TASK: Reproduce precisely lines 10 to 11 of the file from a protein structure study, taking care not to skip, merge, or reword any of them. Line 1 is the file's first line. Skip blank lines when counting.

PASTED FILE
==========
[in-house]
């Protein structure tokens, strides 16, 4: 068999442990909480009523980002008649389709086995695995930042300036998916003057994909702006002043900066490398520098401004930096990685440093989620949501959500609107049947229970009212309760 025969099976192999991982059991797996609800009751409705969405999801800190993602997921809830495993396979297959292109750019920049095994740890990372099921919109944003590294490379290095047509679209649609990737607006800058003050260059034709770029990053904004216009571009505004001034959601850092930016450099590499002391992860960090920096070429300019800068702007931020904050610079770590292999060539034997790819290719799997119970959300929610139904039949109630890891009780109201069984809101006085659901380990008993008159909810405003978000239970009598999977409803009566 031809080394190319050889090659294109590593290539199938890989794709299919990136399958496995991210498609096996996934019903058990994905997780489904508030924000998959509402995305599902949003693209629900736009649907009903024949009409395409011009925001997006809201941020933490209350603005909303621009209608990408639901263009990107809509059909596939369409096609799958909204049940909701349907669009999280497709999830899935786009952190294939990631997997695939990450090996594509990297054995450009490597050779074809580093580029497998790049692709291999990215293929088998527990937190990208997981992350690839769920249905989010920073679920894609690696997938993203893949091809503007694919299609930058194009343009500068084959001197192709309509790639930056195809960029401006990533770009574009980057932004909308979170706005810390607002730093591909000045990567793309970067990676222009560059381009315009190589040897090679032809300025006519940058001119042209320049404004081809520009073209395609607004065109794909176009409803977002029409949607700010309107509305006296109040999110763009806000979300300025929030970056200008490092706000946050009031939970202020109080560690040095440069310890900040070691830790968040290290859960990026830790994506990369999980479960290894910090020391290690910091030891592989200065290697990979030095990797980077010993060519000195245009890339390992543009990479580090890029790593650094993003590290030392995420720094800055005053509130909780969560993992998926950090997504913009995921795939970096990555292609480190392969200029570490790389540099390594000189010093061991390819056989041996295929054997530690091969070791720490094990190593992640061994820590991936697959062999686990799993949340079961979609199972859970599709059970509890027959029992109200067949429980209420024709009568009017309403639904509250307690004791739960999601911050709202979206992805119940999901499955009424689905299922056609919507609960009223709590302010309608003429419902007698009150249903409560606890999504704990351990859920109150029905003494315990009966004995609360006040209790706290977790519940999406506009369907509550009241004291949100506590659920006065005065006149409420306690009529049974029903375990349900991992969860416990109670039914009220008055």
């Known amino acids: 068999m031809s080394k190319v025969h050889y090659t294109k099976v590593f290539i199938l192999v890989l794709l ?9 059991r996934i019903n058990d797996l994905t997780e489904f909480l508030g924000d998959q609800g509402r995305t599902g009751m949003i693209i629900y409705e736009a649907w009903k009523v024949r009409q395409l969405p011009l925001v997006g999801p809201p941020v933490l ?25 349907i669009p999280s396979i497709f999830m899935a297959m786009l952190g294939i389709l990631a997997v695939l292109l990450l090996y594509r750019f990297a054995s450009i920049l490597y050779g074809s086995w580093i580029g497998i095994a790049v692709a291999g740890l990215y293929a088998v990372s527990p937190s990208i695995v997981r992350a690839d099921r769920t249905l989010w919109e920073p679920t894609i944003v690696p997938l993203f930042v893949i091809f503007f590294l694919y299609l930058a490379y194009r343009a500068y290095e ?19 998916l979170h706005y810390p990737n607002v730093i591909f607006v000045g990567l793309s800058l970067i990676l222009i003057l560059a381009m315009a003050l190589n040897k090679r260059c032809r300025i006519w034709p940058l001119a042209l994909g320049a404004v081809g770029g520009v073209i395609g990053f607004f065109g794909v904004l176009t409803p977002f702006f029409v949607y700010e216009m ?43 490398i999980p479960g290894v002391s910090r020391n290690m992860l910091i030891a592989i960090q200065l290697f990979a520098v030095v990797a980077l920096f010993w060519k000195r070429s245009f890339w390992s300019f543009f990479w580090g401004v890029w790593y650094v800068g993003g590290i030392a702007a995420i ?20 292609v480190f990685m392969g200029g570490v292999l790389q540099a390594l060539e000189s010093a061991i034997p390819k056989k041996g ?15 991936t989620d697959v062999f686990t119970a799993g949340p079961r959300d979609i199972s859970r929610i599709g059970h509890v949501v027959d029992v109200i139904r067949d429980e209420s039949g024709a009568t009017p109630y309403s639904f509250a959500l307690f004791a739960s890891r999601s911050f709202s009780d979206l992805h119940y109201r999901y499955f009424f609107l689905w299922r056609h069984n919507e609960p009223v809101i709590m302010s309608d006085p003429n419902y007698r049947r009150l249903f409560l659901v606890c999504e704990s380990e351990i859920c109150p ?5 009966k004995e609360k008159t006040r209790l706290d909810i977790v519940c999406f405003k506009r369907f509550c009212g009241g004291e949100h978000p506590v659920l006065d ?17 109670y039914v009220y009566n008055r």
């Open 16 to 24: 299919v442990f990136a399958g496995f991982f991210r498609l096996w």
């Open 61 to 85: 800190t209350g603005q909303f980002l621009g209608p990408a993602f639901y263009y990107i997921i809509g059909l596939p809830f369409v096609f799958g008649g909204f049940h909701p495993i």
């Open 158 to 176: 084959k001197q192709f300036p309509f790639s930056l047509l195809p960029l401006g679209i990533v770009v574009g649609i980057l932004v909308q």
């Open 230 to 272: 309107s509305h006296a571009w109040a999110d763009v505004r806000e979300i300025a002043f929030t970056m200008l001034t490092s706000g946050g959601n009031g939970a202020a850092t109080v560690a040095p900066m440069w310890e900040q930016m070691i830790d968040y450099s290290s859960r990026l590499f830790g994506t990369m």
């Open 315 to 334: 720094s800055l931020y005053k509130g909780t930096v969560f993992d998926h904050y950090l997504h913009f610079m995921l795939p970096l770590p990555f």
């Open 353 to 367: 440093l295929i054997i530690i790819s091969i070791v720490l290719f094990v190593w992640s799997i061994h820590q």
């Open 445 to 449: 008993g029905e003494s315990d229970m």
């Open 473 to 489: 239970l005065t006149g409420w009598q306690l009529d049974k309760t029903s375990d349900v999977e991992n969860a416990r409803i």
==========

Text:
């Open 445 to 449: 008993g029905e003494s315990d229970m």
């Open 473 to 489: 239970l005065t006149g409420w009598q306690l009529d049974k309760t029903s375990d349900v999977e991992n969860a416990r409803i």